Within a few seconds Tim was no longer walking, but swimming. And his legs carried him into the lake, further and further, acting upon their own accord, calling out to the red and the yellow and the clearness. Tim said no, but his body would not listen. He was in the lake now, surrounded by dead leaves. He could see them come toward him as his hands pushed water down in an attempt to stay up. They were converging on him, surrounding him and snuffing out his space. Tim said no but his limbs would not take him from the water, and so he watched the leaves as they swam up to his skin and tickled his goosebumps and converged on him, snuffing out his air.

And then, as Tim began to feel the weight of his pants and his socks and his shoes, the limitations of his muscles, his head sunk lower. Lower and lower it went until it was barely above the water. And then it wasn’t. Tim breathed in an attempt to take in oxygen, but the leaves had snuffed out all his air. Water rushed in his lungs, filled his pores. He could not think, could not move.

He could not feel his legs, nor his arms. So he did not know that they, having had enough of this foolery, were clawing through the clear water, silently dragging him to shore. And then he felt land, and his legs were walking and soon there was no more water, except for the water that weighed down his clothes, but that didn’t count because it didn’t steal his oxygen. He moved to his shirt and buttoned it up. He adjusted the collar and pulled back the cuff links, adjusted them, unwrinkled them as water from his skin seeped into them. He walked away, left the river and its leaves and its wind.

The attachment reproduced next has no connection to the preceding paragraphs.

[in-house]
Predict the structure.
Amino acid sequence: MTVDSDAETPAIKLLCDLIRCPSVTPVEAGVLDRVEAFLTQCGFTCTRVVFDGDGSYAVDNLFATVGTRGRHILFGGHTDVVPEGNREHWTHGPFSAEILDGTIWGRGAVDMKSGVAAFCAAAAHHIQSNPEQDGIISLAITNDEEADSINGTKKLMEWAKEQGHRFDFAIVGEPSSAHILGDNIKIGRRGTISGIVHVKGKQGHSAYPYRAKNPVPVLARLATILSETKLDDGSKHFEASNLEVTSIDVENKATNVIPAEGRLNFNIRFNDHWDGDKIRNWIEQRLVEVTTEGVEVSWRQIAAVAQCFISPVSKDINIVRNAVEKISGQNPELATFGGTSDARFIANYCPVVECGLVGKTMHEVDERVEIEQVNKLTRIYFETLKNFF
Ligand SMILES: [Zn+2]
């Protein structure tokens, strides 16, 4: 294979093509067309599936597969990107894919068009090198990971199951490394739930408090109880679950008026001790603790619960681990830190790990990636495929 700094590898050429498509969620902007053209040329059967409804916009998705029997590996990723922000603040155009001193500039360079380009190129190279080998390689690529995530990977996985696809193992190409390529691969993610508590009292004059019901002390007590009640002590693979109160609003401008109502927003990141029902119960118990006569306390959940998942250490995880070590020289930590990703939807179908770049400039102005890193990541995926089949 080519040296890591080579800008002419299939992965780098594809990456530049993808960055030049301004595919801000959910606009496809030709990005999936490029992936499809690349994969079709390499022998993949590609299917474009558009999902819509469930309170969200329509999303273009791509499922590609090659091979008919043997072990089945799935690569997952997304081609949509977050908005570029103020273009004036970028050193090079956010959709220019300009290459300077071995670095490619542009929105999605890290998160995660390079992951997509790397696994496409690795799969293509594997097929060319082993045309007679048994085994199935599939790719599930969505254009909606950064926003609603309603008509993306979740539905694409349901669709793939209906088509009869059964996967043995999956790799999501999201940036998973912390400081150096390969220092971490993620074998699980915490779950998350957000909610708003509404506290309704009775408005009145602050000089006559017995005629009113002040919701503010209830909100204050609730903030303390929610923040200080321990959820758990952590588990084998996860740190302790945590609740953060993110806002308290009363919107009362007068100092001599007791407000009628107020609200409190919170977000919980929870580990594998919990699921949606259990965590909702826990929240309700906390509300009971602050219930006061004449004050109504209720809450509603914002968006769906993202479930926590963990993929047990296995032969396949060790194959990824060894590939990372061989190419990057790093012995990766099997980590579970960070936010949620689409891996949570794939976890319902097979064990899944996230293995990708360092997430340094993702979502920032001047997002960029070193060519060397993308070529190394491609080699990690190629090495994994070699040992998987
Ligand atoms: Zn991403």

He looked at the paper, covered with ink. He loved it, loved that it was out for the world to see, to understand. He loved that he had gotten it out, that it would no longer be only his secret to keep. He felt an excitement, a rush as he placed the pen down lightly, straightened it, and he began to lose notice of his hands. And so he was completely surprised to look down and see that they had gripped the paper, and they had gripped a lighter, his lighter, and that they were holding the lighter up to the paper. He tried to stop them but they were out of his control. His right hand pulled down and a flame erupted, and the fire stole the oxygen as it ate at his story, consumed it. And then all that was left was nothing, the neatly written letters gone from this world, the white paper in ashes.

He cringed, he thought it would be different this time but it wasn’t, it never was. He stood up, straightened his tie and unwrinkled his cuff links. Then he turned around and walked, walked out of the room.